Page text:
The result is that players seem to be much more developed and with greater skill, contributing to an even greater competitive scene and more hype around these competitions. The better the players, the greater the expectation for each game, which generates more engaged and loyal audiences and, in turn generates more interest from brands to be present in this sector.
Data visualisation has become key to enhancing viewer experience during live broadcasts as it allows video game “noobs” (inexperienced participants) to follow the spectacle and easier understand competitive broadcasting. Data is shown on the screen in different tables and graphics during the broadcast, and it is possible to observe in real-time how the most relevant metrics fluctuate during competitive matches. This generates greater empathy from the first-time viewer, facilitating the monitoring of the game while helping to retain the most informal, and fickle, audience.
All these games, for the most part, are broadcast on online platforms such as Twitch, which for some time has been using an AI and ML-based system to manage and moderate the content shown in the chat in real-time. This technology called AutoMod allows more efficient filtering of inappropriate or obnoxious content, which enables auto-control of chat activity. While similar tools have been around for a long time, embedding ML now allows these platforms to improve their accuracy over time without constant human intervention.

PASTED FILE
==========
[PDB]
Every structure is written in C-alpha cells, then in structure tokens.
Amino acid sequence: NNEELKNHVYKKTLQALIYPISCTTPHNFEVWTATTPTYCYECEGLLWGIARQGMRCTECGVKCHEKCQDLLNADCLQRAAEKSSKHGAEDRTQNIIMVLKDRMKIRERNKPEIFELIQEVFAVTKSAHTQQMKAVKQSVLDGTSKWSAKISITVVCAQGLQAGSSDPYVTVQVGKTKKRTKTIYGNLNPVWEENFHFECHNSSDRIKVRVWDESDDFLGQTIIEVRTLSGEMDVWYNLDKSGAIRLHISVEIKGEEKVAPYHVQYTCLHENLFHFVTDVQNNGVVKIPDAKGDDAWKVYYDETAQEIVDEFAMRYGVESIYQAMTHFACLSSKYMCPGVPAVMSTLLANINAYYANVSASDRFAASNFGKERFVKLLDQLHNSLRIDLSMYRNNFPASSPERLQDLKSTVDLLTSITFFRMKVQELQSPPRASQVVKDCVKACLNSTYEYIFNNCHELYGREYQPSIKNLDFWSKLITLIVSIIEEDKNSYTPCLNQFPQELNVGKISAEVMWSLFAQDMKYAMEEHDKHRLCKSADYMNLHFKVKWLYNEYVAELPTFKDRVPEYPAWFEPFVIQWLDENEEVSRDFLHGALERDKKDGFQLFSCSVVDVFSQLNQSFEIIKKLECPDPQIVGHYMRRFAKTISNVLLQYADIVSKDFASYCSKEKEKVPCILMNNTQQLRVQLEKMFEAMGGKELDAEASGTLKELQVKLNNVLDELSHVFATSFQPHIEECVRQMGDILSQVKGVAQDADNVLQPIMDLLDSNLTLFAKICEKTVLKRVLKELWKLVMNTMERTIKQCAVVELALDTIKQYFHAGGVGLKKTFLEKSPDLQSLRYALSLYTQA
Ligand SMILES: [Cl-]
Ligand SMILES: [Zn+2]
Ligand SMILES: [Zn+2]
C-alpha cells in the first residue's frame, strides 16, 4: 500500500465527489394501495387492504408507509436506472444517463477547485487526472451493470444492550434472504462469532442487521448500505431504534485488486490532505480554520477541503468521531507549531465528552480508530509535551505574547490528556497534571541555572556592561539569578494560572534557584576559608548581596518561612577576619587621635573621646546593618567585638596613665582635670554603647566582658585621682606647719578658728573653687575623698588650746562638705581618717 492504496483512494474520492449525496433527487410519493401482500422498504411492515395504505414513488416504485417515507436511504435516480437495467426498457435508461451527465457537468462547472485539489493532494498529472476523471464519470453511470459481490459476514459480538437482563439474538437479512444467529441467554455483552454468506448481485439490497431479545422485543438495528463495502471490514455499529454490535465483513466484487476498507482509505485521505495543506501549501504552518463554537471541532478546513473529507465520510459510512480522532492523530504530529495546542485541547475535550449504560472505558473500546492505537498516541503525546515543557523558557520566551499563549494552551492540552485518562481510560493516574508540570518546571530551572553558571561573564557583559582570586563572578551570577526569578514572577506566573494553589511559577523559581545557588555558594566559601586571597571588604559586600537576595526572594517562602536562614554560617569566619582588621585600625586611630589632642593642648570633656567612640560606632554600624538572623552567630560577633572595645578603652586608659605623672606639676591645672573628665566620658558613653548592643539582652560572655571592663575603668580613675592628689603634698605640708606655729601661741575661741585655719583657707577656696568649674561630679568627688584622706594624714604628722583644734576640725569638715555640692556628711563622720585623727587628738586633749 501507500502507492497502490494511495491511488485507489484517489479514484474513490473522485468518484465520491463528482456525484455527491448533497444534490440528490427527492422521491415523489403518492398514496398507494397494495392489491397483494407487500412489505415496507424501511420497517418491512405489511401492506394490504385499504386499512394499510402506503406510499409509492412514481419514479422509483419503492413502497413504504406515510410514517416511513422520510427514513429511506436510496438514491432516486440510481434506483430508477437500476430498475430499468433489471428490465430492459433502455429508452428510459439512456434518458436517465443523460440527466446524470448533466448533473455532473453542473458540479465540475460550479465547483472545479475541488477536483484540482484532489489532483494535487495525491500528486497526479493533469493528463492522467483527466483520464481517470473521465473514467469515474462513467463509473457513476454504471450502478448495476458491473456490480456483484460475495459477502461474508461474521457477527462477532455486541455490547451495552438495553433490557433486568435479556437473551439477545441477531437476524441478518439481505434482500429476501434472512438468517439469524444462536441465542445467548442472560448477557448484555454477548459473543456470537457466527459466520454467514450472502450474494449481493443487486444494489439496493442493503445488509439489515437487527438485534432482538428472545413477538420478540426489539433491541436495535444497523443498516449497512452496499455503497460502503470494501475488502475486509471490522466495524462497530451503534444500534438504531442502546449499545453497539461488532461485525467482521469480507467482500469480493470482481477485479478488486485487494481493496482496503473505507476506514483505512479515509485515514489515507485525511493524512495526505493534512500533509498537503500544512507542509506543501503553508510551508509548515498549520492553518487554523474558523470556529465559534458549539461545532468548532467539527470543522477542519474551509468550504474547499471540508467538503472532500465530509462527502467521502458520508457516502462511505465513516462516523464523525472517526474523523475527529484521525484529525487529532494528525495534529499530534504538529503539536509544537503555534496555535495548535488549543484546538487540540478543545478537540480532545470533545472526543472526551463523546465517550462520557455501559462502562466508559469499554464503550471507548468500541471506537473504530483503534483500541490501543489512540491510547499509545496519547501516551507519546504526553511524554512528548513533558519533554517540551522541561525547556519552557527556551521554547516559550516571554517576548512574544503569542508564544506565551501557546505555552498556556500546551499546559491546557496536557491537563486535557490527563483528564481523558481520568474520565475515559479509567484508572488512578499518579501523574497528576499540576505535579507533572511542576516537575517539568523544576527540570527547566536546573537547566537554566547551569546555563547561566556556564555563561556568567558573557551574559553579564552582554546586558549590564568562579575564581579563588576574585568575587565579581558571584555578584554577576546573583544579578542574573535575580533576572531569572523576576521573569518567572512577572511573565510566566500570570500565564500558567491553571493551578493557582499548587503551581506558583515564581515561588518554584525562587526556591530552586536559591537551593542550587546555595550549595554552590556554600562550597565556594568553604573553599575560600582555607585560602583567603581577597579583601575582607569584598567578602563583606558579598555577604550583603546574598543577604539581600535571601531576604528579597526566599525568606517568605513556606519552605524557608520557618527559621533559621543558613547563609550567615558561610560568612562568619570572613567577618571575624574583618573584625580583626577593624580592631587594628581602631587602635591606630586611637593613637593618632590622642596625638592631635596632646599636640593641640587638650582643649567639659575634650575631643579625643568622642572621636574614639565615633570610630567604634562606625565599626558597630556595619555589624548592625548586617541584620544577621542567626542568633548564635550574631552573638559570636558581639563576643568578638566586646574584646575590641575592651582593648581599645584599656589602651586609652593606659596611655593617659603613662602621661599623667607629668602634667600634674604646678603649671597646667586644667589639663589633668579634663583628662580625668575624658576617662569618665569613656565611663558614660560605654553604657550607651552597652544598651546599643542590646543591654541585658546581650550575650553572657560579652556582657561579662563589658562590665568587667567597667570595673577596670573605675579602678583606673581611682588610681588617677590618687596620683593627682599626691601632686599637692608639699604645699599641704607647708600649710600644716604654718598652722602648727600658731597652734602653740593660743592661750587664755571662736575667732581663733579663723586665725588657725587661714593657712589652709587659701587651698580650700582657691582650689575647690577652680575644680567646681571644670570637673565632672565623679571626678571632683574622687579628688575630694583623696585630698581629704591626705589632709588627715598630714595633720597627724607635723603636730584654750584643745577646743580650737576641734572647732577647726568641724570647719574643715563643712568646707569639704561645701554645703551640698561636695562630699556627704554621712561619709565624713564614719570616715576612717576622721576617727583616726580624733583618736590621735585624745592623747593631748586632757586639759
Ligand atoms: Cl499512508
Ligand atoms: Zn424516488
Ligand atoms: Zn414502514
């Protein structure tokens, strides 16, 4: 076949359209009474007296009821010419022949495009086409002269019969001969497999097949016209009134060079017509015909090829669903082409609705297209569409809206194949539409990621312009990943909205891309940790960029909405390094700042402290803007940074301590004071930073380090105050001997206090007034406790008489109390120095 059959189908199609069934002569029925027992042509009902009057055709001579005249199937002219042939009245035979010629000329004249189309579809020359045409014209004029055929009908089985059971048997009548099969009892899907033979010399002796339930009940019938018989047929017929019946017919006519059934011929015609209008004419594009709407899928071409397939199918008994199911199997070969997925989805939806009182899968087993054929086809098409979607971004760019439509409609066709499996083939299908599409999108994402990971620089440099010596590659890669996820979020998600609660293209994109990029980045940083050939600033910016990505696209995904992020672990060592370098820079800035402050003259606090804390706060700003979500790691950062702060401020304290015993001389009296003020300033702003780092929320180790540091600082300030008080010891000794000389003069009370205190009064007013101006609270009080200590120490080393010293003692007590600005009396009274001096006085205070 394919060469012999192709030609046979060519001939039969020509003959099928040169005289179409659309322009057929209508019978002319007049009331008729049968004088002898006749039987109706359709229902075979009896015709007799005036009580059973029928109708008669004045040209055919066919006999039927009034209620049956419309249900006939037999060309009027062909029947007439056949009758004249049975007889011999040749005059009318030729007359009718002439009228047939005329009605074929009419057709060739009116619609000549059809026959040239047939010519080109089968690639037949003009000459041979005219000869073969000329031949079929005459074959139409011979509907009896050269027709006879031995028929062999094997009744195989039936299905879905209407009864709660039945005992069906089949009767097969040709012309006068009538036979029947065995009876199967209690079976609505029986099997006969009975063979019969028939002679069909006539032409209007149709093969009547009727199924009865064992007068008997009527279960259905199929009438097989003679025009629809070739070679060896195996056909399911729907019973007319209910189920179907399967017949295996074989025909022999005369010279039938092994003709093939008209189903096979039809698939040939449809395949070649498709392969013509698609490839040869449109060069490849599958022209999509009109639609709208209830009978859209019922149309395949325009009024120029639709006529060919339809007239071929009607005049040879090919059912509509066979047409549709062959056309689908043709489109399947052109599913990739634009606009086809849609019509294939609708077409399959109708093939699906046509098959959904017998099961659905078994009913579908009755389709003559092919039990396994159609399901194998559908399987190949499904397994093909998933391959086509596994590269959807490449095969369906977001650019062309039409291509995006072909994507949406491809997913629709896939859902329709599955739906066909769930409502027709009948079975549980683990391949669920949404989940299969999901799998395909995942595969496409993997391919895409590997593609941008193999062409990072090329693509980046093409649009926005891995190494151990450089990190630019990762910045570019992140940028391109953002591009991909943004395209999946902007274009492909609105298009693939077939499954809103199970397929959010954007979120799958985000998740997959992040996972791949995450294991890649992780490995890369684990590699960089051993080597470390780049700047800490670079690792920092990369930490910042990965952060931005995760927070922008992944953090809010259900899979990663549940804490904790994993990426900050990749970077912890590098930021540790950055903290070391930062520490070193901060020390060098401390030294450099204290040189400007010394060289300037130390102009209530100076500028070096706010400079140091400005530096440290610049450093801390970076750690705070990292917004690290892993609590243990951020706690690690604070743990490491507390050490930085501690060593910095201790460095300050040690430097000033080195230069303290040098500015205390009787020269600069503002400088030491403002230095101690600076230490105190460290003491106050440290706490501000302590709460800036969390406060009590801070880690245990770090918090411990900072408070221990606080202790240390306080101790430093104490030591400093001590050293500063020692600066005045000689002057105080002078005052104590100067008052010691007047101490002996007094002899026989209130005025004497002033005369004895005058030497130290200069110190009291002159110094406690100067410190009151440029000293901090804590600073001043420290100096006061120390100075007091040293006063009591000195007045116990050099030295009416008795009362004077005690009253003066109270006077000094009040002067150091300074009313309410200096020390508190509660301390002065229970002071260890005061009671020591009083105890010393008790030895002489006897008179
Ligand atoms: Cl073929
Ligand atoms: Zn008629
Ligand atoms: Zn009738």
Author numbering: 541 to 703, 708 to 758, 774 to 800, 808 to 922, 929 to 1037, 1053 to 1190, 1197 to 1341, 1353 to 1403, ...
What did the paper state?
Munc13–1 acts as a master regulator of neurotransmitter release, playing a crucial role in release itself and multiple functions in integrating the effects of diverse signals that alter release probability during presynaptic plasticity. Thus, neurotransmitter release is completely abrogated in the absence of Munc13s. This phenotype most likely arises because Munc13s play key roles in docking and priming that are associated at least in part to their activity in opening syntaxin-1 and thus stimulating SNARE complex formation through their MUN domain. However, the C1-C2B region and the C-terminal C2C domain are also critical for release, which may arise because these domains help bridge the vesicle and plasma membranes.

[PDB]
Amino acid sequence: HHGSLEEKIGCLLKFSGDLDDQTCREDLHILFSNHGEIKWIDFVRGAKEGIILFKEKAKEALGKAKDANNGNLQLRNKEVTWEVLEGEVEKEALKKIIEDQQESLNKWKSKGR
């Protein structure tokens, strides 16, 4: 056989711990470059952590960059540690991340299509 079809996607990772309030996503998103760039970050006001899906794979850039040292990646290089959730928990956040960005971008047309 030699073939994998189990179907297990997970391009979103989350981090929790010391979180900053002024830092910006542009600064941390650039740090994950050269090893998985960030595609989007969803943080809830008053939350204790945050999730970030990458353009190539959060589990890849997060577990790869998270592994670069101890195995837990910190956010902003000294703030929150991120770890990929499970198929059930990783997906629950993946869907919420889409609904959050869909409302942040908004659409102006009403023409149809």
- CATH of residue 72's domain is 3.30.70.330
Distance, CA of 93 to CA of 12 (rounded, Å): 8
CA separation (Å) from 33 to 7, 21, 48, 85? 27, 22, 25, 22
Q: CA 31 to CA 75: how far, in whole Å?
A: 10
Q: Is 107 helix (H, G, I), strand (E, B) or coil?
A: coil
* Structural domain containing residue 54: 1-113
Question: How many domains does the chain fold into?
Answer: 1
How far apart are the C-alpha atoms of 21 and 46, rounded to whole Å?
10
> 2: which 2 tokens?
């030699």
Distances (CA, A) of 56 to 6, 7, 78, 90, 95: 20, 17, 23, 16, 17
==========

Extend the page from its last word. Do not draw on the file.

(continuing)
Other applications commonly used within this environment that are based on the use of data through the development of various ML algorithms:
- The bot system: Bots are simple forms of AI that simulate the movements and actions of a human player. These virtual players are used in competitive video games mainly with two objectives; they allow new players to get up to speed with the mechanics of the game before facing other more experienced players, reducing the steepness of their learning curve, and they are useful as a warm-up or practicing tool for more experienced players, even for pros. There are hundreds of bots, but those that are more advanced have been developed using Reinforcement Learning as a form of Machine Learning.
- The AFK system: the AFK (away from keyboard) player detection system is focused on measuring and analysing the players´ absence from the game. If the system does not pick up any type of input signal for a while, it will assume that this player is not active. Depending on the video game, the action taken by the system will be different, but will most likely result in the player being thrown out of the game. Various programming mechanisms are utilised, including ML models, to assess if the player is AFK.